New Zealand Woman Sues Boyfriend Over Broken Promise to Drive Her to Airport

By Stermy 3 Min Read

A woman in New Zealand took her boyfriend to small claims court over a broken promise to drive her to the airport and take care of her dogs during her trip, arguing that their agreement constituted an oral contract.

The woman claimed that her boyfriend breached a “verbal contract” by failing to show up.

According to The Guardian, she was set to travel to a concert with friends, while her boyfriend had agreed to stay at her house and look after her dogs. However, he did not arrive a day before her flight, causing her to miss it.

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As a result, the woman incurred multiple unexpected costs. She had to pay for a new flight the following day, arrange a shuttle to the airport, and cover fees for her dogs’ stay at a hostel.

Additionally, she demanded reimbursement for a ferry trip she had booked for both of them in the future.

The woman testified that they had a “verbal contract.” However, tribunal referee Krysia Cowie stated that for an agreement to be enforceable, there must be an intention to create a “legally binding relationship.” Cowie noted, “It is unlikely they can be legally enforced unless the parties perform some act that demonstrates an intention that they will be bound by their promises.”

Cowie explained that when friends fail to keep their promises, the other person may suffer a financial consequence but it may be that they cannot be compensated for that loss.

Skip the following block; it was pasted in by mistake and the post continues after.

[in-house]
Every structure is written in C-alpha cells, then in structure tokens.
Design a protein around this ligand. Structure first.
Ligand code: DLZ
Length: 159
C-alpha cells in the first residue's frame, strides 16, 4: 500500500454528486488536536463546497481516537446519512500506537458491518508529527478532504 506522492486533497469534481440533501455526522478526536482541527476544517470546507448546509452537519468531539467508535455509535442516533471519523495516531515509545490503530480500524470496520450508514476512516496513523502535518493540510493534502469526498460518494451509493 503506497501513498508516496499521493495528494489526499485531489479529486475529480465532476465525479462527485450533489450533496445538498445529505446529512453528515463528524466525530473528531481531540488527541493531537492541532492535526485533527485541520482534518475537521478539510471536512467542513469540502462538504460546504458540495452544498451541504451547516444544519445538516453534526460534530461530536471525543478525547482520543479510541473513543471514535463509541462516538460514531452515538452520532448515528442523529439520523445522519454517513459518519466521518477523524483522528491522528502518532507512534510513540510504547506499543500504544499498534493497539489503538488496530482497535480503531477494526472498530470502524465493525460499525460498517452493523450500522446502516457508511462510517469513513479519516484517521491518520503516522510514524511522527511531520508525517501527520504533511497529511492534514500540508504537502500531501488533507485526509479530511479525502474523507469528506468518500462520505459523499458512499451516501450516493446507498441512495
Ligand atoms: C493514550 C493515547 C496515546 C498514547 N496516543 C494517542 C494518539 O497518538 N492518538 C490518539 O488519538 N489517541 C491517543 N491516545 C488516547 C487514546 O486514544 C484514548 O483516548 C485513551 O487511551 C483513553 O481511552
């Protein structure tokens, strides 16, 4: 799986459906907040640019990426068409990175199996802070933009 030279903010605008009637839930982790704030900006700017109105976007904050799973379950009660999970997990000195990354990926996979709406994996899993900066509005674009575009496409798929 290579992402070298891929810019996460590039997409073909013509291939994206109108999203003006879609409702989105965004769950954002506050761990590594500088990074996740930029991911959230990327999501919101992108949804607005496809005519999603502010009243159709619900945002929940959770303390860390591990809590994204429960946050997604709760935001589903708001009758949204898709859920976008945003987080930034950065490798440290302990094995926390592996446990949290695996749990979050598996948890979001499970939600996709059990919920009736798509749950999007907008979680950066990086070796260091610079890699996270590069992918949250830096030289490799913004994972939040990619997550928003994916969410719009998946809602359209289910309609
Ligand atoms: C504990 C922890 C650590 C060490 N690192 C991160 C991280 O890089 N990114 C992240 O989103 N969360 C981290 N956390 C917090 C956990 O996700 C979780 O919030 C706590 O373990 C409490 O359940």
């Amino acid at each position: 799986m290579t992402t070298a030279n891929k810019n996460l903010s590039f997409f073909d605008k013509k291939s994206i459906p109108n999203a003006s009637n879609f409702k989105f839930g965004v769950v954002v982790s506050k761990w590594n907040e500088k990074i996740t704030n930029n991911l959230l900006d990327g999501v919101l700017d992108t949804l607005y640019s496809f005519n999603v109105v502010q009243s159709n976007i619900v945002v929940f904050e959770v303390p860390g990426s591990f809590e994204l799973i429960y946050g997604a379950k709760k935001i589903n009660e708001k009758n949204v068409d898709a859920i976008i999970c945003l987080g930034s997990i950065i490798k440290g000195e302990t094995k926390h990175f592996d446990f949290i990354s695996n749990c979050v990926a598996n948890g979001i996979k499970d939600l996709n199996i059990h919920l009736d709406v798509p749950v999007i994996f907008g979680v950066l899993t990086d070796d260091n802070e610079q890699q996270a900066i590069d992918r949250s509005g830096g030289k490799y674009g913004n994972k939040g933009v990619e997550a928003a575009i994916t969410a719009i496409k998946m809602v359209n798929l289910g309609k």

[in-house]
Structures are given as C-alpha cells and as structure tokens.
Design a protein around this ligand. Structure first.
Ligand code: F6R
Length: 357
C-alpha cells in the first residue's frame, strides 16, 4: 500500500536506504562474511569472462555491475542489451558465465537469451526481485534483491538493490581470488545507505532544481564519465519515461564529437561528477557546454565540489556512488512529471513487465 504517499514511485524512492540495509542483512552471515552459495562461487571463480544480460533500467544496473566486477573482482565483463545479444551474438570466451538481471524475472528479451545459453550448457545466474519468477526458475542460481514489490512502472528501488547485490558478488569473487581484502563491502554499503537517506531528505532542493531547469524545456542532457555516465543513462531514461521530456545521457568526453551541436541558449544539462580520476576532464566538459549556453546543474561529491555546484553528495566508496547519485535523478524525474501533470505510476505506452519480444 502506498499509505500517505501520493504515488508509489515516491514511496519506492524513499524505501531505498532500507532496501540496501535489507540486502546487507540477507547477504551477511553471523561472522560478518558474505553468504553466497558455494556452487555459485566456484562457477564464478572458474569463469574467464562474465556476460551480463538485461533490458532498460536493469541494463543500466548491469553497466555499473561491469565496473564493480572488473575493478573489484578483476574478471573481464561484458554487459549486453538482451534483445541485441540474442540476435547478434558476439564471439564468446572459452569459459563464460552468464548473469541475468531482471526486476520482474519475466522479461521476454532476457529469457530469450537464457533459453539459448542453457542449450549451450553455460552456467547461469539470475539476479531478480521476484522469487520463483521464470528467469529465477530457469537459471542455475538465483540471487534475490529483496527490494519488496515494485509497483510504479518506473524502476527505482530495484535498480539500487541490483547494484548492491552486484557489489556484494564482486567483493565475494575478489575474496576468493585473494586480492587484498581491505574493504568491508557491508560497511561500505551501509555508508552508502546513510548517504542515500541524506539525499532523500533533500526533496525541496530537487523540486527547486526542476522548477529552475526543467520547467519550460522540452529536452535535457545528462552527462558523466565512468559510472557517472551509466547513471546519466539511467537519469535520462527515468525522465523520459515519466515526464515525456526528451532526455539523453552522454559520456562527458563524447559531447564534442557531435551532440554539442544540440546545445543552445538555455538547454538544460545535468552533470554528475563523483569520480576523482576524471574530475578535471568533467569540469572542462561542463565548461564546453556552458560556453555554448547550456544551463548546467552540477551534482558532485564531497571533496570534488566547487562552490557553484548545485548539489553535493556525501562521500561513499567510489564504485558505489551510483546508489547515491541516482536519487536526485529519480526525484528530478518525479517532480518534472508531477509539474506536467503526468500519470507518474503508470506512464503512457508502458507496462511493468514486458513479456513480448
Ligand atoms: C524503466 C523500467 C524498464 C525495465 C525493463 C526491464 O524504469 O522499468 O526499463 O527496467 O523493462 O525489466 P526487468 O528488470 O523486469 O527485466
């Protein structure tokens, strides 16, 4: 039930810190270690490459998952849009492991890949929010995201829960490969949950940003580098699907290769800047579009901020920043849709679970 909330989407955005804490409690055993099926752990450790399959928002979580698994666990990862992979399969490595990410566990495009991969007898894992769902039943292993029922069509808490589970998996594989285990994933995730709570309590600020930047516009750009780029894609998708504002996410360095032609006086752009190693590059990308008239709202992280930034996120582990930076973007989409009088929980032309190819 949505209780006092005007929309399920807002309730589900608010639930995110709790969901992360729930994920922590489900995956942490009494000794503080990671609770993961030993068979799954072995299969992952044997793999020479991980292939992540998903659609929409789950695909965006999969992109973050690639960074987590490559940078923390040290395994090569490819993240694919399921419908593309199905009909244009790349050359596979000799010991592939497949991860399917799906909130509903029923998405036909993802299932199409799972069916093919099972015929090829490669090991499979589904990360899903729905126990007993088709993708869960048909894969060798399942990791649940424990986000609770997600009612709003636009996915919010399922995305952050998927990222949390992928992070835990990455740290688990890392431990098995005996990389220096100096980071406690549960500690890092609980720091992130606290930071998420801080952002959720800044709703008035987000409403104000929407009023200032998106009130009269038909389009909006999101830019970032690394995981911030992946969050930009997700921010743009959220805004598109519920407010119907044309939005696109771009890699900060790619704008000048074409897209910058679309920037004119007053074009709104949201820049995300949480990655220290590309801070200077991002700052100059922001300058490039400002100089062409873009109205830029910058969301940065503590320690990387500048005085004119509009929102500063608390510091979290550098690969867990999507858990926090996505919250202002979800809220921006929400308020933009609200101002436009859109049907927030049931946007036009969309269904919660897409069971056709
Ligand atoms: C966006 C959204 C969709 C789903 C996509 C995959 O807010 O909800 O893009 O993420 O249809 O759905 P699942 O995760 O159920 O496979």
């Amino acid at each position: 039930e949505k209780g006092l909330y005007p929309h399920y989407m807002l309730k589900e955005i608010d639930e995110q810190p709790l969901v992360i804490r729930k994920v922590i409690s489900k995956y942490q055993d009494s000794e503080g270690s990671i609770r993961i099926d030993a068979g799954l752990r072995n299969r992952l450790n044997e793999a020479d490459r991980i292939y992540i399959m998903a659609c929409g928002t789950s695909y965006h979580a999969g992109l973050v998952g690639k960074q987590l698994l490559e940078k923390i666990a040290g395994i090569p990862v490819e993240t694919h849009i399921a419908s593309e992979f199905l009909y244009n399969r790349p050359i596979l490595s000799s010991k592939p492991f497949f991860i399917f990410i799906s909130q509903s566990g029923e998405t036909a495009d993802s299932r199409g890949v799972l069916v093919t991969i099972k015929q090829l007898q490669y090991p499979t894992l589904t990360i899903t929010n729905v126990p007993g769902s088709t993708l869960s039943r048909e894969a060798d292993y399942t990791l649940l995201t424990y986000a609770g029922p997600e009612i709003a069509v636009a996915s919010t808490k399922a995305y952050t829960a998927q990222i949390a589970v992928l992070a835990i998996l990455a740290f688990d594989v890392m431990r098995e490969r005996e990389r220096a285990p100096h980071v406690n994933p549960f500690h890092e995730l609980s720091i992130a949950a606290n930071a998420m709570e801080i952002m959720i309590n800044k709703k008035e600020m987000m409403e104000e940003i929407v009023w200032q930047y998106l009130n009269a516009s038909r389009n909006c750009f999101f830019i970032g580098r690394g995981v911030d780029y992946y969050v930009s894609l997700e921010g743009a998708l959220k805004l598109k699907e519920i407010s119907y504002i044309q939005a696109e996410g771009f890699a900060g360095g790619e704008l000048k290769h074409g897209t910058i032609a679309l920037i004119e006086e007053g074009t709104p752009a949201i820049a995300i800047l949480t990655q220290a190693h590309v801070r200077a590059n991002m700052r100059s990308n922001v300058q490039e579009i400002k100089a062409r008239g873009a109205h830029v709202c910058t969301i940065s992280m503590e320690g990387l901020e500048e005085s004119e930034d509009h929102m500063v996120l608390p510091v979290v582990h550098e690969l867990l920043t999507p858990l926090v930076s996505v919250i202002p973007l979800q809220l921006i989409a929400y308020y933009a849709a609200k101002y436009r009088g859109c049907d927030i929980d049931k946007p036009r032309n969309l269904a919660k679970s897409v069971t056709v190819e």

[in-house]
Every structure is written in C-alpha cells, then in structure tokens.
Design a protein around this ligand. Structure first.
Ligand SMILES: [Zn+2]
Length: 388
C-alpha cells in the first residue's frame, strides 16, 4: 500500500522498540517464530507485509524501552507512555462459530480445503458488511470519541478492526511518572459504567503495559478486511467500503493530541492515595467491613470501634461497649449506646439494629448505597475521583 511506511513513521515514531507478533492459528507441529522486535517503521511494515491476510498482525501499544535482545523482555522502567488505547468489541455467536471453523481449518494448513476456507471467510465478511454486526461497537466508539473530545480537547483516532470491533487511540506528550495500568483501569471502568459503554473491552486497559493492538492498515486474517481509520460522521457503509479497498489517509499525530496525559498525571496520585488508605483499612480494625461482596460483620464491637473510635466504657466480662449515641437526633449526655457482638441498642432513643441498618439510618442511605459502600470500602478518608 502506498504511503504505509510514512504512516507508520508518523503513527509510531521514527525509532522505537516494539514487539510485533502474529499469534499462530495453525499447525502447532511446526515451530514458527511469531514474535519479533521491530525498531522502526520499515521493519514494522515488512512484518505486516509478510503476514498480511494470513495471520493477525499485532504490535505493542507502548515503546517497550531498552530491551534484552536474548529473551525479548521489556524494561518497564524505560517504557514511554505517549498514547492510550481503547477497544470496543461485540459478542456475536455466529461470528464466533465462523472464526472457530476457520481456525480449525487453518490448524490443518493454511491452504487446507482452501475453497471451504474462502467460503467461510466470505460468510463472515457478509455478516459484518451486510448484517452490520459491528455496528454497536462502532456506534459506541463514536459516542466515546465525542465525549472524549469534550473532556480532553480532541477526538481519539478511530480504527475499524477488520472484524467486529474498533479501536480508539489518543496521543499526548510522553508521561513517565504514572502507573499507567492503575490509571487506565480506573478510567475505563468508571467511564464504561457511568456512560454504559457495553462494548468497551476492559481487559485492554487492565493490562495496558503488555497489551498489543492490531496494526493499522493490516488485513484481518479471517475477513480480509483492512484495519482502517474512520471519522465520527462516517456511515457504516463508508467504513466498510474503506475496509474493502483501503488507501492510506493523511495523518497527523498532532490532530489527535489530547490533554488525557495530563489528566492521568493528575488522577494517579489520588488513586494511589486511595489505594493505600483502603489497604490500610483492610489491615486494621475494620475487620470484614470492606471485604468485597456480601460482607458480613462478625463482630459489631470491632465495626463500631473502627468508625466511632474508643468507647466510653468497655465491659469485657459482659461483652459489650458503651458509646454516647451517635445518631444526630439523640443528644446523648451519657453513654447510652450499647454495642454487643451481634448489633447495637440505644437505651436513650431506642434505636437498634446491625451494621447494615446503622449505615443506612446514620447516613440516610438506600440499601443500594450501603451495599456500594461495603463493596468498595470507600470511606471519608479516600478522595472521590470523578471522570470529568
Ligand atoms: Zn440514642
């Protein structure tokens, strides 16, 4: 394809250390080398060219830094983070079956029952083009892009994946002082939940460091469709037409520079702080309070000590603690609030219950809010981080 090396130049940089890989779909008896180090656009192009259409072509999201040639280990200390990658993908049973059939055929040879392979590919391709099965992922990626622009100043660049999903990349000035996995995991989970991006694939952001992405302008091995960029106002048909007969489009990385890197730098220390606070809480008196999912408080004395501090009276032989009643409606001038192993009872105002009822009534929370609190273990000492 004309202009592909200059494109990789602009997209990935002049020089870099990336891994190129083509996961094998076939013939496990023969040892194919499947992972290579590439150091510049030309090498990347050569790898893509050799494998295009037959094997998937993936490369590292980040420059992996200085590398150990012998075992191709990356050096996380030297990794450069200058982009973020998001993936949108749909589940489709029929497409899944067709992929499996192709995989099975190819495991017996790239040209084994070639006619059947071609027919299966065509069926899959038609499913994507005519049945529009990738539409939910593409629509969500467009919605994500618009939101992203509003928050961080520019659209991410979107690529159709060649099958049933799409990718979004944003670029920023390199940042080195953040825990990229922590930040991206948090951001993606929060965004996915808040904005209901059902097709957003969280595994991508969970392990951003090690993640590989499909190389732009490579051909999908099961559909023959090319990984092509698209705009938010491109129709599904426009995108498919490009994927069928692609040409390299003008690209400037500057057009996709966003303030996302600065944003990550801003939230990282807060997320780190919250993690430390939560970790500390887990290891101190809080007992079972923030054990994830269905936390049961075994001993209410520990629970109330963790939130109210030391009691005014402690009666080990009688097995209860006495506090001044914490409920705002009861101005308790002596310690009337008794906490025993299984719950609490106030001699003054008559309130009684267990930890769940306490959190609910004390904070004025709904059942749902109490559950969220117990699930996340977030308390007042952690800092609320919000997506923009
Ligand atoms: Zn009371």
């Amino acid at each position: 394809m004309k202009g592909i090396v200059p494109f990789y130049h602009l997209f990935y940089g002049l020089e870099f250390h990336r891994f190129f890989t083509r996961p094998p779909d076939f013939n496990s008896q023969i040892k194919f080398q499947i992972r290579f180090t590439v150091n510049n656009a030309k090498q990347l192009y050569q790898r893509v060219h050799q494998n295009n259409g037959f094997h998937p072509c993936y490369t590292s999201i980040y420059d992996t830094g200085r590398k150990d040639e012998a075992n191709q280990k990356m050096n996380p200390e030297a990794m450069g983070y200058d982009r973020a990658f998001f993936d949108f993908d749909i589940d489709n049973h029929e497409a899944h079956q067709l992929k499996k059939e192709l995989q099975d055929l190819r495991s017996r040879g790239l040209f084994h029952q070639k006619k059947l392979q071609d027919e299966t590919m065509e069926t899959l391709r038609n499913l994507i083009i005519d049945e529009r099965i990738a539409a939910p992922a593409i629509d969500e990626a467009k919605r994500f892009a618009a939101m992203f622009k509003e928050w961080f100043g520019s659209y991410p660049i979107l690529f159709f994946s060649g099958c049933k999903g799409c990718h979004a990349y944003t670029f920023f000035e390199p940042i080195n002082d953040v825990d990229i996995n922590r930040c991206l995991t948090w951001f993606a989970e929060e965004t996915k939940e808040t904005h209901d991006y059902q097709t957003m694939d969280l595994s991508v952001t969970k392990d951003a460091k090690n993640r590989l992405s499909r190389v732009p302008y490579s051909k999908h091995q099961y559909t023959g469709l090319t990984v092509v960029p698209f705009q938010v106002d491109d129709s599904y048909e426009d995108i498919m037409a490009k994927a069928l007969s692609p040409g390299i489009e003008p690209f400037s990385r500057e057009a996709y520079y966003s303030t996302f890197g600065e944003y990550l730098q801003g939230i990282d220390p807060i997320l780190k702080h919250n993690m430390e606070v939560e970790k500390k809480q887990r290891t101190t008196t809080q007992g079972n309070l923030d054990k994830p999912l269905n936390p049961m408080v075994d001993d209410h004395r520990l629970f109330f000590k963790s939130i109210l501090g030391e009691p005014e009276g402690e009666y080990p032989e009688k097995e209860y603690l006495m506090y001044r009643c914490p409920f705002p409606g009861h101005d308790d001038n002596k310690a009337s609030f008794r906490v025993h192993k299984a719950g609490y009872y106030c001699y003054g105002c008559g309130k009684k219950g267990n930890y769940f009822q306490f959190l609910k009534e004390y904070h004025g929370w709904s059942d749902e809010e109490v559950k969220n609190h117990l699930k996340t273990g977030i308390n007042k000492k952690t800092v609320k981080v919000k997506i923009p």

Adding that there are many examples of friends who have let their friend down, however, the courts have maintained that it is a non-recoverable loss unless the promise went beyond being a favor between friends and becomes a promise that they intend to be bound by.

Cowie determined that the promises made were exchanged as a normal give and take in an intimate relationship and that there was nothing that indicated an intention between the parties for the boyfriend to be bound by his promises.

She stated that the couple did not take any steps to show an intention to move the agreement beyond a promise made “between friends and to create legally binding consequences.”

“Although a promise was made, it falls short of being a contract. It forms part of the everyday family and domestic relationship agreements that are not enforceable in the disputes tribunal,” she wrote.

The boyfriend sent an email stating he would not attend the tribunal hearing and did not respond to a follow-up call from the tribunal referee.

As a result, the claim was dismissed. Court dismissed the suit, saying a promise isn’t a contract.

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